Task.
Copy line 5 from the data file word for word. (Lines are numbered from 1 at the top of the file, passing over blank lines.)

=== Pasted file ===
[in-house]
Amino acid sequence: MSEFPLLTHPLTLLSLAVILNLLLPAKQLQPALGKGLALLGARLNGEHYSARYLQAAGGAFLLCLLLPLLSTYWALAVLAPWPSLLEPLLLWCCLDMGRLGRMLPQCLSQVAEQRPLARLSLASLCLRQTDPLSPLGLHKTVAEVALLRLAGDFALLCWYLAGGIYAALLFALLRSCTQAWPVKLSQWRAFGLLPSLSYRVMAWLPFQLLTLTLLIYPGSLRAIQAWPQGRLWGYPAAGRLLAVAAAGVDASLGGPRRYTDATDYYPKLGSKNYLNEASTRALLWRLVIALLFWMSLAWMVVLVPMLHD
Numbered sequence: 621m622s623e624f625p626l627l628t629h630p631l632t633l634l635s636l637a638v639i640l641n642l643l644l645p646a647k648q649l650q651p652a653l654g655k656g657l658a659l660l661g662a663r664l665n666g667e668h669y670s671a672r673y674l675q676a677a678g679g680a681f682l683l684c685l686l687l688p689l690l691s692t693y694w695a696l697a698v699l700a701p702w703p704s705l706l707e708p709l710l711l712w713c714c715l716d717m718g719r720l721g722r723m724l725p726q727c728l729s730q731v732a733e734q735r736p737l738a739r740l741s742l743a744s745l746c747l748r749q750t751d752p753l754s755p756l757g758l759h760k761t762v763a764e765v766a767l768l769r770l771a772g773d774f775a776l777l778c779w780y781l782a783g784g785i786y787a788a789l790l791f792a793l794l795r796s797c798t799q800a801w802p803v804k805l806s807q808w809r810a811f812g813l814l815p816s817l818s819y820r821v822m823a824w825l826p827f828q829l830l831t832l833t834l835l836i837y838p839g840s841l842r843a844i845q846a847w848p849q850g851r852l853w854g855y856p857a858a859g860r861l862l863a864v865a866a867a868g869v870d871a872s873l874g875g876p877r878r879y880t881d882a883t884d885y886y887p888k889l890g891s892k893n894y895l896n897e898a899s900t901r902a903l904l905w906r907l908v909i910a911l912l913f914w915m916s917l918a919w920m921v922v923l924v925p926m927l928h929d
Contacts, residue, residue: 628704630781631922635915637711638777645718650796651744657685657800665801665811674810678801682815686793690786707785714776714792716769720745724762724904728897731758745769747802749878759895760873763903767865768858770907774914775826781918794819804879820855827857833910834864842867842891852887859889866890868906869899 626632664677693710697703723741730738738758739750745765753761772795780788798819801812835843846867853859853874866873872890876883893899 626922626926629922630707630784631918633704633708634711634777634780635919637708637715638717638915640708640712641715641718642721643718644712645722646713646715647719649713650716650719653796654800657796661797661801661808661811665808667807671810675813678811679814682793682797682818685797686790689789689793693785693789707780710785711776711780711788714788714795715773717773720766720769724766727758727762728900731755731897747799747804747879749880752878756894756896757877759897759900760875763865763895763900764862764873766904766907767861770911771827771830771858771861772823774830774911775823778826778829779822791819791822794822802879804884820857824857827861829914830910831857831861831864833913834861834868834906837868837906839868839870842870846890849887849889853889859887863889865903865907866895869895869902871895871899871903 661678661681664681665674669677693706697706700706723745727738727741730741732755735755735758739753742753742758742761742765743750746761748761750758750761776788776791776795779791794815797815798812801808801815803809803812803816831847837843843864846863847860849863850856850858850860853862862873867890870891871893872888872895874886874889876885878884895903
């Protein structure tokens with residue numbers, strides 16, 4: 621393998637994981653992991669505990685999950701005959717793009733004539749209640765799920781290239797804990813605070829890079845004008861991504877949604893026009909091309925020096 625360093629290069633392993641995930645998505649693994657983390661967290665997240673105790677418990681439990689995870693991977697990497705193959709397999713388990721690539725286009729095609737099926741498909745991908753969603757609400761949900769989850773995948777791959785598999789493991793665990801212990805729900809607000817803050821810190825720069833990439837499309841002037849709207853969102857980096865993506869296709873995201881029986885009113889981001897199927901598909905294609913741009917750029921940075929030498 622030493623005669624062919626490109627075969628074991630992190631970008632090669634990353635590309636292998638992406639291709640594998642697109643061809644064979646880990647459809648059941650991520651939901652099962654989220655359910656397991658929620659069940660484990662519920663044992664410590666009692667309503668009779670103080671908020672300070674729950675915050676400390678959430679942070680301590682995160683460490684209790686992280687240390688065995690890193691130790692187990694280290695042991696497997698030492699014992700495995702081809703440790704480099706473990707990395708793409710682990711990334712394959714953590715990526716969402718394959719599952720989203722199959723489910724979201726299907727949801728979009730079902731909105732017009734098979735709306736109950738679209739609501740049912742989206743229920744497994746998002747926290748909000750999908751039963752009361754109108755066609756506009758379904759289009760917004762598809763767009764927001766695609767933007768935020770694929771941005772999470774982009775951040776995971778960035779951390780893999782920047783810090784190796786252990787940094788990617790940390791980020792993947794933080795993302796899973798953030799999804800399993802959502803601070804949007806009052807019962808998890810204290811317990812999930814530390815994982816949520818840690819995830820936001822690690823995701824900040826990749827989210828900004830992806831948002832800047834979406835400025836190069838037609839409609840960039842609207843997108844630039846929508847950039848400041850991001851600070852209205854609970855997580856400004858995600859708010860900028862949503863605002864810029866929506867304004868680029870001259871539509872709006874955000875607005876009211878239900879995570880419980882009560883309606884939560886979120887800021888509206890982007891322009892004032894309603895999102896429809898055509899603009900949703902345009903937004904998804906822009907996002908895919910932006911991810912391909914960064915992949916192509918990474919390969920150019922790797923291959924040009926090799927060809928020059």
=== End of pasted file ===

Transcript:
């Protein structure tokens with residue numbers, strides 16, 4: 621393998637994981653992991669505990685999950701005959717793009733004539749209640765799920781290239797804990813605070829890079845004008861991504877949604893026009909091309925020096 625360093629290069633392993641995930645998505649693994657983390661967290665997240673105790677418990681439990689995870693991977697990497705193959709397999713388990721690539725286009729095609737099926741498909745991908753969603757609400761949900769989850773995948777791959785598999789493991793665990801212990805729900809607000817803050821810190825720069833990439837499309841002037849709207853969102857980096865993506869296709873995201881029986885009113889981001897199927901598909905294609913741009917750029921940075929030498 622030493623005669624062919626490109627075969628074991630992190631970008632090669634990353635590309636292998638992406639291709640594998642697109643061809644064979646880990647459809648059941650991520651939901652099962654989220655359910656397991658929620659069940660484990662519920663044992664410590666009692667309503668009779670103080671908020672300070674729950675915050676400390678959430679942070680301590682995160683460490684209790686992280687240390688065995690890193691130790692187990694280290695042991696497997698030492699014992700495995702081809703440790704480099706473990707990395708793409710682990711990334712394959714953590715990526716969402718394959719599952720989203722199959723489910724979201726299907727949801728979009730079902731909105732017009734098979735709306736109950738679209739609501740049912742989206743229920744497994746998002747926290748909000750999908751039963752009361754109108755066609756506009758379904759289009760917004762598809763767009764927001766695609767933007768935020770694929771941005772999470774982009775951040776995971778960035779951390780893999782920047783810090784190796786252990787940094788990617790940390791980020792993947794933080795993302796899973798953030799999804800399993802959502803601070804949007806009052807019962808998890810204290811317990812999930814530390815994982816949520818840690819995830820936001822690690823995701824900040826990749827989210828900004830992806831948002832800047834979406835400025836190069838037609839409609840960039842609207843997108844630039846929508847950039848400041850991001851600070852209205854609970855997580856400004858995600859708010860900028862949503863605002864810029866929506867304004868680029870001259871539509872709006874955000875607005876009211878239900879995570880419980882009560883309606884939560886979120887800021888509206890982007891322009892004032894309603895999102896429809898055509899603009900949703902345009903937004904998804906822009907996002908895919910932006911991810912391909914960064915992949916192509918990474919390969920150019922790797923291959924040009926090799927060809928020059």